Workers jeopardize their safety by failing to wear required gear: survey
August 2, 2011 by Manufacturing AUTOMATION
In a survey released by Kimberly-Clark Professional, 89 percent of safety professionals said they had observed workers not wearing safety equipment when they should have been. Twenty-nine percent said this had happened on numerous occasions.
“This high rate of non-compliance with PPE [personal protective equipment] protocols presents a serious threat to worker health and safety,” said Gina Tsiropoulos, manufacturing segment marketing manager for Kimberly-Clark Professional. “While the reasons for non-compliance are varied, the threat to workers is clear-cut. Without the proper use of PPE, they are at risk of serious injury or even death.”
According to the findings, 78 percent of respondents said workplace accidents and injuries were the concerns most likely to keep them up at night. Worker compliance with safety protocols was also cited as the top workplace safety issue. Twenty-eight percent of respondents chose this, while 21 percent selected “fewer workers.” “Insufficient management support for health and safety functions” and “meeting the safety needs of an aging workforce” tied at 18 percent. Lack of funds to implement safety programs was last at eight percent.
Given the importance of PPE in ensuring worker safety, the survey examined the reasons for such high levels of non-compliance. Of those respondents who observed PPE non-compliance in the workplace, 69 percent said the primary cause was workers thinking that PPE wasn’t needed. This was followed by: uncomfortable; too hot; poor fit; not available near work task; and unattractive looking.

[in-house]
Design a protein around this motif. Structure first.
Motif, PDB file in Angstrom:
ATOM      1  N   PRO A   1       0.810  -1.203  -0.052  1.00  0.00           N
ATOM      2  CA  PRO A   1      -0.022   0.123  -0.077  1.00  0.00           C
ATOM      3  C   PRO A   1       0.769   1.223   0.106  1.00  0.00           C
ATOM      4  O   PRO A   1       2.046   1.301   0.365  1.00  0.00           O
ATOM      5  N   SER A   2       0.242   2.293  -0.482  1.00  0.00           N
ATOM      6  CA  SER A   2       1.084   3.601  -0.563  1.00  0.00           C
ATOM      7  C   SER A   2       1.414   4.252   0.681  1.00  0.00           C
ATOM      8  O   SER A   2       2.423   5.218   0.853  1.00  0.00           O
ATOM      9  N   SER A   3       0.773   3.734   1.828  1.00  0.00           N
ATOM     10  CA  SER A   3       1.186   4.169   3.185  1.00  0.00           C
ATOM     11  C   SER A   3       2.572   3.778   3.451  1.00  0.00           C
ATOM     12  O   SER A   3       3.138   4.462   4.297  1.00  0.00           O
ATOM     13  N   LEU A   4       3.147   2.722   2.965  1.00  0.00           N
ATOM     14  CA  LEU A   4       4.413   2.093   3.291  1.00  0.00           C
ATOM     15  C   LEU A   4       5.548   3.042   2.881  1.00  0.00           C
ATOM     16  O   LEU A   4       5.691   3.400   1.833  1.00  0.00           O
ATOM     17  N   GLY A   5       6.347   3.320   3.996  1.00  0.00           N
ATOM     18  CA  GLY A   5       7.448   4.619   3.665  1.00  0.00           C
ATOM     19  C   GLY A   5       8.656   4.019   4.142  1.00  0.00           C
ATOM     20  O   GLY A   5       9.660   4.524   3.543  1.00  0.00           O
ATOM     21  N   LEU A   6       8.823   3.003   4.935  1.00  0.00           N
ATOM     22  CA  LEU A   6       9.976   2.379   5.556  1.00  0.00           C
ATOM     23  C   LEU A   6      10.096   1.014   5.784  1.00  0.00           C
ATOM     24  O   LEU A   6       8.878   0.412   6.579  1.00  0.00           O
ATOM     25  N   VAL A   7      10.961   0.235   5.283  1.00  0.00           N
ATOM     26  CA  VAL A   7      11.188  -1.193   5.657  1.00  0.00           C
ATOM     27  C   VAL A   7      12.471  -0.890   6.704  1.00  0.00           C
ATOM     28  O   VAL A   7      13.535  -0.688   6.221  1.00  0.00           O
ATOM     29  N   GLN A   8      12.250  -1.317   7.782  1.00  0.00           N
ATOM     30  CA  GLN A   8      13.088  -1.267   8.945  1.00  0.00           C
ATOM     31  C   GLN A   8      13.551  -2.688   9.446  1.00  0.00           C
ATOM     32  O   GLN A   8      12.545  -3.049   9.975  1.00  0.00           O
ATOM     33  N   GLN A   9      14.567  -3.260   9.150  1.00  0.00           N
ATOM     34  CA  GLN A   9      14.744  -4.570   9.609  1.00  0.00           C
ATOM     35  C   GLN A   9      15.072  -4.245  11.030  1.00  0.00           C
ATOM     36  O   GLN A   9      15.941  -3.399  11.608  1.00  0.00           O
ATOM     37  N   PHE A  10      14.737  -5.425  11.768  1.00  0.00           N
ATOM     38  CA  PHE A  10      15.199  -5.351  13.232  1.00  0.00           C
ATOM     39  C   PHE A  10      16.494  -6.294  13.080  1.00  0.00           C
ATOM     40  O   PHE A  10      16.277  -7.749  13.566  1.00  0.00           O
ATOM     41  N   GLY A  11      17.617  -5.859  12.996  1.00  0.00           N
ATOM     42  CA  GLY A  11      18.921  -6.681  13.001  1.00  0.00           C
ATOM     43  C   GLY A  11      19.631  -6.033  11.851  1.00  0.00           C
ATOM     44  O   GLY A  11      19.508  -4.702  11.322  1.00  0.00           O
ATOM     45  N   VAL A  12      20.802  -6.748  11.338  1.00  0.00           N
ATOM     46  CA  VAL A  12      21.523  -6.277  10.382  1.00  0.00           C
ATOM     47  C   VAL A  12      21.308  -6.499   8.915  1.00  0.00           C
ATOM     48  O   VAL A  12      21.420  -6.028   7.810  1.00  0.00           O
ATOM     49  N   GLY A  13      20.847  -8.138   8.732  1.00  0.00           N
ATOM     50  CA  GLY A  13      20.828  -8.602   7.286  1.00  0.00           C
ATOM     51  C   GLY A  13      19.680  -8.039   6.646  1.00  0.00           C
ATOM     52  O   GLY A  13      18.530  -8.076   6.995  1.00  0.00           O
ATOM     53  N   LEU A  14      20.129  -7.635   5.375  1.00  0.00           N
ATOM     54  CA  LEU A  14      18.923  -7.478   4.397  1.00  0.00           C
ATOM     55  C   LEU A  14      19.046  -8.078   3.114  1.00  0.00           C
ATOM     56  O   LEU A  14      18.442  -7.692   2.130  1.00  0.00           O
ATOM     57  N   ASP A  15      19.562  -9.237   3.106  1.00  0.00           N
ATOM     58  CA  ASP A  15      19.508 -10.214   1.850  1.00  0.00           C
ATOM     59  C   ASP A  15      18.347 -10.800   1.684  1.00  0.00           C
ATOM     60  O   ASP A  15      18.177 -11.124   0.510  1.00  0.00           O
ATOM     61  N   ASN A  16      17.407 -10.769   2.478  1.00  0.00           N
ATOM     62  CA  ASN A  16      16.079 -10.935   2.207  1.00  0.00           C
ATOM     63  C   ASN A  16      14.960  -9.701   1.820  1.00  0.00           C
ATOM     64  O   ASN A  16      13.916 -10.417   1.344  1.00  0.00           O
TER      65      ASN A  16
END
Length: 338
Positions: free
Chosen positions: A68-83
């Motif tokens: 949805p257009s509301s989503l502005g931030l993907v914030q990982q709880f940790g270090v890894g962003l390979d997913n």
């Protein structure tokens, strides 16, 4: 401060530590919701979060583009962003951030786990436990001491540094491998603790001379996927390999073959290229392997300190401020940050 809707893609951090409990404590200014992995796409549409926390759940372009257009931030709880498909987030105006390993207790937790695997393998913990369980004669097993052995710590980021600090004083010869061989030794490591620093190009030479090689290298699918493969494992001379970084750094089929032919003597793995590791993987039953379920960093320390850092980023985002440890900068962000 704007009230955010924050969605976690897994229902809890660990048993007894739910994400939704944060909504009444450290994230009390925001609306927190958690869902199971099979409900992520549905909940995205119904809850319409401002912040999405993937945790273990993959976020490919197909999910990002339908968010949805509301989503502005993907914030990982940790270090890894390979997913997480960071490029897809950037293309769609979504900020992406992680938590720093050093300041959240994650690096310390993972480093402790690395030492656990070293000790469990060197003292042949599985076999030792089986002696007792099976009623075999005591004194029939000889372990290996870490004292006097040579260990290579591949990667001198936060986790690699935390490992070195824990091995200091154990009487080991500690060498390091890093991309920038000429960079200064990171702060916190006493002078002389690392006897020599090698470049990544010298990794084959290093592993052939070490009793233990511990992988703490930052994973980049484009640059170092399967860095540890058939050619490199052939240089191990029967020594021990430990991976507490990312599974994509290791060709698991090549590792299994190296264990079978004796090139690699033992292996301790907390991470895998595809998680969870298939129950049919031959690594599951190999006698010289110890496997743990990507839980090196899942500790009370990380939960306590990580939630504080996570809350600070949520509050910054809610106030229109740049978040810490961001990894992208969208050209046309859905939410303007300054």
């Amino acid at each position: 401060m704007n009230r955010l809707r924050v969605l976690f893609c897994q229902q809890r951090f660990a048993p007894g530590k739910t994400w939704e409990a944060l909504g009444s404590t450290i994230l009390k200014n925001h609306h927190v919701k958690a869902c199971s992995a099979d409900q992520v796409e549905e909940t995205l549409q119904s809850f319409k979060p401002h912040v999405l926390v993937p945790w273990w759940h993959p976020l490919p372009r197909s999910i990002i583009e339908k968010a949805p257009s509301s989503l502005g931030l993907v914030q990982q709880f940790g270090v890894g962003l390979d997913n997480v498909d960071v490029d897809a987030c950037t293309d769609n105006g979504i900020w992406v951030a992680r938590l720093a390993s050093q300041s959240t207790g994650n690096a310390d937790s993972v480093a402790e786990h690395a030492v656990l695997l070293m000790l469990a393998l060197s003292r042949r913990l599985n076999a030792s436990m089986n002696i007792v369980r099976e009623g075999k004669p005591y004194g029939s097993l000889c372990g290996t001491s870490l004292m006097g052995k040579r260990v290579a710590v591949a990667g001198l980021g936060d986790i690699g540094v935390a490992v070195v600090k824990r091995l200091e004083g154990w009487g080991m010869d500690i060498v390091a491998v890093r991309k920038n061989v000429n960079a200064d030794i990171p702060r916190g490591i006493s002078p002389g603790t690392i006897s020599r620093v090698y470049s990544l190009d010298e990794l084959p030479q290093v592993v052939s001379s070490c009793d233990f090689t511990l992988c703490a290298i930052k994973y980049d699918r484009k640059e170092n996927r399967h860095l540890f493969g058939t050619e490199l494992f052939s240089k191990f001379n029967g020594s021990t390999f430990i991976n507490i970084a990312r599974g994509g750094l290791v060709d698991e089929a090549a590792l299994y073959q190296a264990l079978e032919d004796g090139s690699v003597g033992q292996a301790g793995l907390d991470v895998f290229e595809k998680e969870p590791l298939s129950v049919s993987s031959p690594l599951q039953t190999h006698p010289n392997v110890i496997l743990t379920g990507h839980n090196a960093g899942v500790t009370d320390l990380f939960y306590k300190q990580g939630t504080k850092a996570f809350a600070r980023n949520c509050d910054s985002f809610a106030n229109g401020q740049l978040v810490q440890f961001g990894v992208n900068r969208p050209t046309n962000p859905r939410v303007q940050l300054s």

What measures have safety managers taken or plan to take in the near future to encourage greater PPE compliance? The top strategies were: improving existing education and training programs (61 percent) and increased monitoring of employees (48 percent). These were followed by: purchasing more comfortable PPE; tying compliance to individual performance evaluations; purchasing more stylish PPE; and developing incentive programs.
When it comes to compliance with PPE protocols, eye protection was found to be the “most challenging” PPE category, according to 24 percent of respondents. This was a disturbing, though not unexpected, finding considering that nearly three out of five workers who experienced eye injuries were found not to be wearing eye protection at the time of the accident or were wearing the wrong kind of eye protection for the job. Add to this the fact that that thousands of workers are blinded each year from work-related eye injuries that could have been prevented, and the magnitude of the problem becomes clear.
The next highest category for non-compliance was hearing protection (18 percent) – another disturbing finding since occupational noise-induced hearing loss is 100 percent preventable when proper measures are implemented. It was followed by respiratory protection/masks (17 percent), protective apparel (16 percent), gloves (14 percent) and head protection (four percent).